Imagine Lex Luthor as a really nice guy and you'll be pretty close to understanding Alfred Loomis. He was a scientist and inventor, a businessman and investor, a wealthy and prominent man. And he also invented the "Death Ray."
The Business World
Alfred Loomis was a millionaire, a philanthropist, and a guy you wouldn't want to meet in a dark alley. It's not that he was a bad person, it's just that if you were going to meet the inventor of the Death Ray, you would want to be someplace well-lit so you could see what he was pointing at you. Loomis was born relatively wealthy, and multiplied that wealth throughout his life. He started slow, quitting a law firm to join the army in World War I, and working his way into a weapons engineering unit. There, he perfected and patented a couple of weapons testing devices.
After the war, Loomis headed to the business world. He and his brother-in-law, Landon Thorne, acquired an ailing investment house and nursed it back to health. Loomis' science training came in handy. Thorne and Loomes were looking to finance public utilities at a time when electricity was spreading across the country. Having someone who could understand the technical details was the key to knowing which nuts to pick. And speaking of nuts to pick, Loomis spent the latter years of his business career collecting and funding promising scientists. At the time, there wasn't much public funding available for the sciences, so Loomis knew he'd have to work to support the people who were trying to engineer new technology.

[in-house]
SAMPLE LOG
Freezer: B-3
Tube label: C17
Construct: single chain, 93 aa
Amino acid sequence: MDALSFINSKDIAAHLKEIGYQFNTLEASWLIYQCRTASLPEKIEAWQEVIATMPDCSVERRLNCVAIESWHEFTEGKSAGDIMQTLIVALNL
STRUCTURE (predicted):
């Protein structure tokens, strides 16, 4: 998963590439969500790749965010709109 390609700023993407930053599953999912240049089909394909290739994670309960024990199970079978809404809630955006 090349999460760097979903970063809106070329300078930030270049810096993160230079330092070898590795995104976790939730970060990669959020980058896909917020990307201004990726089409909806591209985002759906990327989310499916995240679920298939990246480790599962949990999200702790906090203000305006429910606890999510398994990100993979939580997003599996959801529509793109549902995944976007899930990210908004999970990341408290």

The Death Ray
In 1924, he got together with Robert Wood, a professor of physics at Johns Hopkins University, and started the real mad science. The two of them researched high-frequency sound waves, and their effects on matter. They found that, with enough intensity, these sound waves disrupted the tissue in blood vessels. Exposure to the waves killed small animals and frog eggs, as well as a few plants. The two published an article titled, "The Physical and Biological Effects of High-Frequency Sound-Waves of Great Intensity," and the news of the "Death Ray" was out. Loomis' background in weapons research informed the work on the weapon, and for the next decade popular science publications predicted a death ray that burst the insides of cells. Its possibilities made headlines again and again. At first, people thought it might be used to simply zap enemy troops. Later, when it was found that these waves worked best through liquid and solid, people thought the ray might be a way to kill submarine crews.
Eventually, they found that sound waves were not useful in terms of murdering anything more than frog eggs and the hopes of a million megalomaniacs died. However, science and weapons research found champions outside the private sphere. And after World War II, most governments got more interested in the applied sciences. Loomis' laboratories had competition for the best scientists, and Loomis himself wanted to take it a bit easy after his years as a lawyer, soldier, investor, engineer, and mad scientist. Still, those must have been heady times. Loomis remains a famous patron of the sciences. He died in 1975, respected by scientists, loved by his family . . . and feared by anyone with any sense.